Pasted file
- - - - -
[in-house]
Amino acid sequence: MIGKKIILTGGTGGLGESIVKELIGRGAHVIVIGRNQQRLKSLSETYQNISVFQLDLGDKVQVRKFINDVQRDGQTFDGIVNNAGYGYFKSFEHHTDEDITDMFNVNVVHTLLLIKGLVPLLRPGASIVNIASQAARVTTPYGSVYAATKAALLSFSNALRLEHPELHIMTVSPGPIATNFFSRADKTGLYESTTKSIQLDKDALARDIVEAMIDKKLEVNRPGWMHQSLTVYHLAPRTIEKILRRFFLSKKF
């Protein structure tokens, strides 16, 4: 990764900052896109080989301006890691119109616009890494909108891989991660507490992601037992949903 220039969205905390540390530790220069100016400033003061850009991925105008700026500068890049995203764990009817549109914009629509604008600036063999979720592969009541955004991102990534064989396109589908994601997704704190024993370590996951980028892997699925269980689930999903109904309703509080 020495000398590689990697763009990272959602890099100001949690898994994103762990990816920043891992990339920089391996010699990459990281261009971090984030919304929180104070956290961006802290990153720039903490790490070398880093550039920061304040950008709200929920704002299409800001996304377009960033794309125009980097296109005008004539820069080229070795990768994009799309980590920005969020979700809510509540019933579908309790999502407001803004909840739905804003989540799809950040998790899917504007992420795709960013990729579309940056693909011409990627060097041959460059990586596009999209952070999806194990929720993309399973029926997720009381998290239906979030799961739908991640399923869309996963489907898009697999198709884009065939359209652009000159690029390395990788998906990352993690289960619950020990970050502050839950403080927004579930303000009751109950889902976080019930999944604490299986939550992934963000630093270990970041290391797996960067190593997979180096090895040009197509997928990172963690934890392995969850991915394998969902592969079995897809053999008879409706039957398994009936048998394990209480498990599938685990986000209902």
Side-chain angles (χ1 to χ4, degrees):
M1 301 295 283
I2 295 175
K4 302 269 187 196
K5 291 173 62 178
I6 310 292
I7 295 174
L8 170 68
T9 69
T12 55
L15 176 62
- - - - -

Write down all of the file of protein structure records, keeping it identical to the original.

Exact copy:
[in-house]
Amino acid sequence: MIGKKIILTGGTGGLGESIVKELIGRGAHVIVIGRNQQRLKSLSETYQNISVFQLDLGDKVQVRKFINDVQRDGQTFDGIVNNAGYGYFKSFEHHTDEDITDMFNVNVVHTLLLIKGLVPLLRPGASIVNIASQAARVTTPYGSVYAATKAALLSFSNALRLEHPELHIMTVSPGPIATNFFSRADKTGLYESTTKSIQLDKDALARDIVEAMIDKKLEVNRPGWMHQSLTVYHLAPRTIEKILRRFFLSKKF
């Protein structure tokens, strides 16, 4: 990764900052896109080989301006890691119109616009890494909108891989991660507490992601037992949903 220039969205905390540390530790220069100016400033003061850009991925105008700026500068890049995203764990009817549109914009629509604008600036063999979720592969009541955004991102990534064989396109589908994601997704704190024993370590996951980028892997699925269980689930999903109904309703509080 020495000398590689990697763009990272959602890099100001949690898994994103762990990816920043891992990339920089391996010699990459990281261009971090984030919304929180104070956290961006802290990153720039903490790490070398880093550039920061304040950008709200929920704002299409800001996304377009960033794309125009980097296109005008004539820069080229070795990768994009799309980590920005969020979700809510509540019933579908309790999502407001803004909840739905804003989540799809950040998790899917504007992420795709960013990729579309940056693909011409990627060097041959460059990586596009999209952070999806194990929720993309399973029926997720009381998290239906979030799961739908991640399923869309996963489907898009697999198709884009065939359209652009000159690029390395990788998906990352993690289960619950020990970050502050839950403080927004579930303000009751109950889902976080019930999944604490299986939550992934963000630093270990970041290391797996960067190593997979180096090895040009197509997928990172963690934890392995969850991915394998969902592969079995897809053999008879409706039957398994009936048998394990209480498990599938685990986000209902």
Side-chain angles (χ1 to χ4, degrees):
M1 301 295 283
I2 295 175
K4 302 269 187 196
K5 291 173 62 178
I6 310 292
I7 295 174
L8 170 68
T9 69
T12 55
L15 176 62